Have you ever built a slick KM solution or collaboration tool that no one uses? We have and survived to tell the tale. New knowledge-sharing processes can fail if the resistance to change is greater than the ability to bridge the gap between the new process and the target people. Without a meaningful understanding of “What’s in it for me?” employees don’t readily contribute to knowledge-sharing circles. And because they don’t immediately see the value of sharing, contributing content in more formal environments is often done as an afterthought. Engagement strategies that include effective communication tactics entice users to try something new and help remove barriers to adoption. This engagement workshop focuses on how to identify and select appropriate engagement strategies based on target audiences and desired results. It includes playing the KM Experiential Learning Game, The Journey to the Lost Gold of Atlantis. The primary goal of the game from a KM perspective is to create “aha” moments where each individual sees how his or her behavior either enables or hinders the flow of knowledge and ultimately the impact this has on how the company makes money or the ROI. With help from workshop leaders, get your Executive and Employee KM Engagement Strategy to use in your organization to improve engagement.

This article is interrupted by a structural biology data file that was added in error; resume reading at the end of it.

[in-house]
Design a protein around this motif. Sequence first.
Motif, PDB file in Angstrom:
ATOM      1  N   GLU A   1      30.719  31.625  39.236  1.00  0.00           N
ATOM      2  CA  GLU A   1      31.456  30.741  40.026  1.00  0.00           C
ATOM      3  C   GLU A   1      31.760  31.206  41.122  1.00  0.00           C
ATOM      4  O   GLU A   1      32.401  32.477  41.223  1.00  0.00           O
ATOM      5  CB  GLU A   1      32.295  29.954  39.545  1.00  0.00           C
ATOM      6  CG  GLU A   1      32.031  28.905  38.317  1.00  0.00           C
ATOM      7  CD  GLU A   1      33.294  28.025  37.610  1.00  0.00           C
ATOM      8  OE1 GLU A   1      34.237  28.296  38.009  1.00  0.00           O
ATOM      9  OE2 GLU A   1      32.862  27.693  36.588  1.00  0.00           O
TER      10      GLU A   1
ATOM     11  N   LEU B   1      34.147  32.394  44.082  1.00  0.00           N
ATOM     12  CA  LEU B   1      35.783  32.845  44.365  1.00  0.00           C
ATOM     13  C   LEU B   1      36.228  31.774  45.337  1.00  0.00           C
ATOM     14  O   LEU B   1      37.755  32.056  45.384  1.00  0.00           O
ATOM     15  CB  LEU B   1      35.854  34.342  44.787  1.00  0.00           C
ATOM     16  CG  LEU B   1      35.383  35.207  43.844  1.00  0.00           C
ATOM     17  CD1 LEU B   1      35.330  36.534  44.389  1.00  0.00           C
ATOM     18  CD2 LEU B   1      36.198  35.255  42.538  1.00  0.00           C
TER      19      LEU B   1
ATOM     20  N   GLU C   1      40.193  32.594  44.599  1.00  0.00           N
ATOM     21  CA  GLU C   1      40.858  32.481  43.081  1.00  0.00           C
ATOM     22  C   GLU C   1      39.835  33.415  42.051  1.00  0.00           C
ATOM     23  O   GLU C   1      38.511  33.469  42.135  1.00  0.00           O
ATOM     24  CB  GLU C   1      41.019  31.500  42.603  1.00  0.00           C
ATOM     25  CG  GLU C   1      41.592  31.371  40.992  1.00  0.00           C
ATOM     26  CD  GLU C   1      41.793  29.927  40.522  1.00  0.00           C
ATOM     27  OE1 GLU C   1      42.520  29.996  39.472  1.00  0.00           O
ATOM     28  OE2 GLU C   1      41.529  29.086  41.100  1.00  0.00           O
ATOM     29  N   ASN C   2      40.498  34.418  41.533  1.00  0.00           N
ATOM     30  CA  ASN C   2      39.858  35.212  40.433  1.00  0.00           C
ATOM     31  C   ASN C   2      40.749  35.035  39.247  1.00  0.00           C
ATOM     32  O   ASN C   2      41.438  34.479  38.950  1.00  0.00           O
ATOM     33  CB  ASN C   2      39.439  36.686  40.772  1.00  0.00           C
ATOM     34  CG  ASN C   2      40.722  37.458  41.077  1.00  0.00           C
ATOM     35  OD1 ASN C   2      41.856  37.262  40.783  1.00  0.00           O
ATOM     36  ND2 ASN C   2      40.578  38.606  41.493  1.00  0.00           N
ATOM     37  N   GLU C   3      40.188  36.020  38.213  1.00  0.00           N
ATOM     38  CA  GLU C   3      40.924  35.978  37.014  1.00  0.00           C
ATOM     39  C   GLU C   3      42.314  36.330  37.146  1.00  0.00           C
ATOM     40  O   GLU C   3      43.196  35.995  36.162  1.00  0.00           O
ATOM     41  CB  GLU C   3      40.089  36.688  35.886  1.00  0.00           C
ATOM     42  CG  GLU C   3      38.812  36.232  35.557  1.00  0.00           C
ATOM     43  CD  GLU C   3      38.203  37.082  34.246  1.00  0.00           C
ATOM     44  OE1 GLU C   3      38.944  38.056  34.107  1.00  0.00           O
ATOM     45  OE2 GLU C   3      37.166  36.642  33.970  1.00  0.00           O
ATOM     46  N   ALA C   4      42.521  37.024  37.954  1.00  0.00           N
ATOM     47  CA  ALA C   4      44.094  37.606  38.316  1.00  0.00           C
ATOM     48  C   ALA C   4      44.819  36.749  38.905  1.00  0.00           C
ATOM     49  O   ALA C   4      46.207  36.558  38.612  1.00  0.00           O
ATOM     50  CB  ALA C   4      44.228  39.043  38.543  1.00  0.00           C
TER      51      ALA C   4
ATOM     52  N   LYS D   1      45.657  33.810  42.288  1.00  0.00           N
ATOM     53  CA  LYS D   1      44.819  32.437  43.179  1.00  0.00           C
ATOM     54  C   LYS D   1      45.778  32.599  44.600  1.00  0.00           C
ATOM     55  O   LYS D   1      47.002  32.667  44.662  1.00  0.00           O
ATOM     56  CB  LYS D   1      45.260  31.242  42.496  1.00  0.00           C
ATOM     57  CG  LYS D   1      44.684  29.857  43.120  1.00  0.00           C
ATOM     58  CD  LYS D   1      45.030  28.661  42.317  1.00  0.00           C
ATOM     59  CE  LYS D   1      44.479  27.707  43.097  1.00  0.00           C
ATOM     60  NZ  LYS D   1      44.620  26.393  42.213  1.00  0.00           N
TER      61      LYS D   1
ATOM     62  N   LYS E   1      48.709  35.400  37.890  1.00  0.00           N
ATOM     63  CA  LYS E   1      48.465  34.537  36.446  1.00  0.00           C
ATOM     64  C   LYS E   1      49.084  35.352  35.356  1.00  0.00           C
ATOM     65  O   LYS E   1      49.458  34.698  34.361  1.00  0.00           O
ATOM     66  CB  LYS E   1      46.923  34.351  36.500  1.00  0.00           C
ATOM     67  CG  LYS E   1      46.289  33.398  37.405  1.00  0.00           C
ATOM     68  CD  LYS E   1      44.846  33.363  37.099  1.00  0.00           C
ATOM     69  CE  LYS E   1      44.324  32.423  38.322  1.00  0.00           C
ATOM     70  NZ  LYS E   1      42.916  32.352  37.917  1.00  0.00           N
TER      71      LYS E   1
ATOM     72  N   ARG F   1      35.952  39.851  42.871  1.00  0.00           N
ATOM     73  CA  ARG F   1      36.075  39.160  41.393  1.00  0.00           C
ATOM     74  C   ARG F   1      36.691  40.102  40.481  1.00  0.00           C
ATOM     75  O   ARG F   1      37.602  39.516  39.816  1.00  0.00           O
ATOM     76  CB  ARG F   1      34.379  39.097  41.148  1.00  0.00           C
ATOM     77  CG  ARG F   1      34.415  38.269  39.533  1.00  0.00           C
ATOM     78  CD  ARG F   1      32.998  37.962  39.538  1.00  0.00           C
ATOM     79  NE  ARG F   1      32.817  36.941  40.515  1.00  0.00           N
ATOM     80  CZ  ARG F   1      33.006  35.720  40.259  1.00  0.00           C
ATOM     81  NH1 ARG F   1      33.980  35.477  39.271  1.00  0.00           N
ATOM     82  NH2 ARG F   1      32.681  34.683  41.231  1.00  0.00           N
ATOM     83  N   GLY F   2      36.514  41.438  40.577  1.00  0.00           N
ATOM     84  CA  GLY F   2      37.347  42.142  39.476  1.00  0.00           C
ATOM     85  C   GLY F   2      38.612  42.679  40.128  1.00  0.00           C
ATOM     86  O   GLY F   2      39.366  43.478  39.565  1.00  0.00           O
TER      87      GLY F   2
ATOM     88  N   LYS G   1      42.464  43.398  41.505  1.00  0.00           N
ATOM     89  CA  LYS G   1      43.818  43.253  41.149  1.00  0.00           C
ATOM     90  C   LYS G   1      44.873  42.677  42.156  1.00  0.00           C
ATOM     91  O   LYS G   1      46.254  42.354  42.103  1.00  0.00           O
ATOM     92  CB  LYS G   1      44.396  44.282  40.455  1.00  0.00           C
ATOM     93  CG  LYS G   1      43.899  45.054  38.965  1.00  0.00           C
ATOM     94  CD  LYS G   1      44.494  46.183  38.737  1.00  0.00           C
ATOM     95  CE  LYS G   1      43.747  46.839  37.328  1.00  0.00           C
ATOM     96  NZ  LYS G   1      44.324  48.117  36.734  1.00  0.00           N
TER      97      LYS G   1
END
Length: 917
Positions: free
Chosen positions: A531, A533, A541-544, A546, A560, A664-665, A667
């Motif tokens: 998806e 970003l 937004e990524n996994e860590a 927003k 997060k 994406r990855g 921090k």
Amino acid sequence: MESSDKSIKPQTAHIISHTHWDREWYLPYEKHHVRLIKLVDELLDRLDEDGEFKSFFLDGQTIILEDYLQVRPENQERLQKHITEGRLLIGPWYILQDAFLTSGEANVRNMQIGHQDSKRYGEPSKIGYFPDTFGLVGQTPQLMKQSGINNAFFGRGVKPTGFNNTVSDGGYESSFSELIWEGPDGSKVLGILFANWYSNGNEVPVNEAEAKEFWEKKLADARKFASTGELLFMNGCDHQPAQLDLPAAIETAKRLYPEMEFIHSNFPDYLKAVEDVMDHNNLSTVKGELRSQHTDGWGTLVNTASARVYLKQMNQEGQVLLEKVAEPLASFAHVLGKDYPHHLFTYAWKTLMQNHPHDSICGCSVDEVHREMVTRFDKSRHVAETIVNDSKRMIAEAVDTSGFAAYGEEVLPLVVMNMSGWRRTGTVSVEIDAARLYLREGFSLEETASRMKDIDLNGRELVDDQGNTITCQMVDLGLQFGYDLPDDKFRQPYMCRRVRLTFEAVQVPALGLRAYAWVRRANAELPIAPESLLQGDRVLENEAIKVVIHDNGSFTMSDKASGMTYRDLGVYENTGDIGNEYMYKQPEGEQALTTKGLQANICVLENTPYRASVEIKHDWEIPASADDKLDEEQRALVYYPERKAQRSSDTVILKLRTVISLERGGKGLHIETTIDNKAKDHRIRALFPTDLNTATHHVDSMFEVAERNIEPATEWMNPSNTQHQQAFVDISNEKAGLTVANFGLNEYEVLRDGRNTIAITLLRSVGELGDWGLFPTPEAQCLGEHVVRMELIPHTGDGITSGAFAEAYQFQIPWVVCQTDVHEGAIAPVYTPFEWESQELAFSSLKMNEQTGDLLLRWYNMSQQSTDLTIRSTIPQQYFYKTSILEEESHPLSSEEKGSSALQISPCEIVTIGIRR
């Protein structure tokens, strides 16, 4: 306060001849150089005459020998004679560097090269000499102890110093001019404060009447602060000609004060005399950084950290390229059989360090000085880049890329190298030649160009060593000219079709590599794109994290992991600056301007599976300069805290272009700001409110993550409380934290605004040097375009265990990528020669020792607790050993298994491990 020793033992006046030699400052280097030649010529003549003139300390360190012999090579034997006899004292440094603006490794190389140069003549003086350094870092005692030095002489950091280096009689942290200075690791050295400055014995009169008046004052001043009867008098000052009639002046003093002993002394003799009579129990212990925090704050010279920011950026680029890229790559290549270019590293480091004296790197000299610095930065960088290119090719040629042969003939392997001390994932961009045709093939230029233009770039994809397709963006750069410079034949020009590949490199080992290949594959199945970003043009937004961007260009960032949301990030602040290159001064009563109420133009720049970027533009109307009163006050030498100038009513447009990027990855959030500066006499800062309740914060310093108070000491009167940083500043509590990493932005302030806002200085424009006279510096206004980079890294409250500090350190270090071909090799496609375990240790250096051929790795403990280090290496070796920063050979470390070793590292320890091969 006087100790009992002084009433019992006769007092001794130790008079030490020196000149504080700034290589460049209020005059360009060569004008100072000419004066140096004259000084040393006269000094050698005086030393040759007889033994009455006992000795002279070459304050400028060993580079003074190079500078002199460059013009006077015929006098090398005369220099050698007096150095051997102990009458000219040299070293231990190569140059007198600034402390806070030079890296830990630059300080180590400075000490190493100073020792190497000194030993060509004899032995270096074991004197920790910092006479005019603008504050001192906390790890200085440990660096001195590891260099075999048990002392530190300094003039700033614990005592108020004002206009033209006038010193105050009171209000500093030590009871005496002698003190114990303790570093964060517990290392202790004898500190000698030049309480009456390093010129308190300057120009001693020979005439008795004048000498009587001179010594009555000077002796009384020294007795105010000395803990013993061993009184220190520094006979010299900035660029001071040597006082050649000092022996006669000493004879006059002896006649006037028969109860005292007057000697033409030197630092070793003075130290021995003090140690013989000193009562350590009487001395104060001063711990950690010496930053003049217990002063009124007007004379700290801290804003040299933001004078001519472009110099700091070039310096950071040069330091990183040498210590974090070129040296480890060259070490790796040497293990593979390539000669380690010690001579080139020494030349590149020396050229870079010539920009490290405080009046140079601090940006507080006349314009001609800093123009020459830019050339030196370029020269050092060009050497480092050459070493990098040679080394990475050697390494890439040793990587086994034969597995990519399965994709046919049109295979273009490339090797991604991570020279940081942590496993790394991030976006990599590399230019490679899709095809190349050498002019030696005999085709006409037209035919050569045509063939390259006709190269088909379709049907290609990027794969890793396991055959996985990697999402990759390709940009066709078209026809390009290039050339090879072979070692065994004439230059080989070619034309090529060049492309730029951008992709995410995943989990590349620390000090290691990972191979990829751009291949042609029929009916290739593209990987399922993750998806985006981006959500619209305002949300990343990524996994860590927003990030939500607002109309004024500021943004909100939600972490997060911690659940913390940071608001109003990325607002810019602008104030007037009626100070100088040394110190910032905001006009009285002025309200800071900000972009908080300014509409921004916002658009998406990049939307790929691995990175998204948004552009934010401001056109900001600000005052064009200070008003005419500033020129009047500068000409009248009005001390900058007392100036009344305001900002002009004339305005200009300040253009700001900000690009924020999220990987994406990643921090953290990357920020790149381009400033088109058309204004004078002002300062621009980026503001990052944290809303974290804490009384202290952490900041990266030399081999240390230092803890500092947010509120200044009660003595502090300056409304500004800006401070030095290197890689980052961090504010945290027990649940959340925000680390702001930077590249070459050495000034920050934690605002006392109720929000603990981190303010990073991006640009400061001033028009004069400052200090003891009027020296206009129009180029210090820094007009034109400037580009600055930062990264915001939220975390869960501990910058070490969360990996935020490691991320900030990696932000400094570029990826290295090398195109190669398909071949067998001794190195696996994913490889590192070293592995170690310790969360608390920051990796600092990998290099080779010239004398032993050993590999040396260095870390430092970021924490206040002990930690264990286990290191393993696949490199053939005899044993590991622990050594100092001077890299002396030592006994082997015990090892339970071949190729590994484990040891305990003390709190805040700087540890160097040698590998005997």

Speakers:

, Global Manager of Knowledge Management, Global, FMC Technologies

, Knowledge Management Specialist, Center for Innovative Collaboration, FMC Technologies

, The KM Coach

 

W19. Organizational Change Management: Hacking Behavior for KM Success

Monday, November 6: 1:30 p.m. - 4:30 p.m.

Creating value from learning and knowledge initiatives depends entirely on user adoption by changing behaviors and beliefs. As complex social systems, human organizations cannot be programmed—they can only be hacked. KM initiatives can benefit from coordinated change management efforts using the transformation road maps common to IT implementations. But real knowledge sharing requires cultural changes that can only be catalyzed through deeper engagement at all levels of the organization. Any change effort is delicate, and KM programs are especially vulnerable because knowledge sharing can only be voluntary. This popular and practical workshop combines both the coordinating and catalyzing perspectives with real-world experience and advice. Learn the basic components of any successful change program; practice assessing and addressing challenges and opportunities in your organization; and look ahead to the latest thinking in organizational change. Come prepared to discuss your own unique situations and learn from your peers in facilitated, interactive discussions and exercises.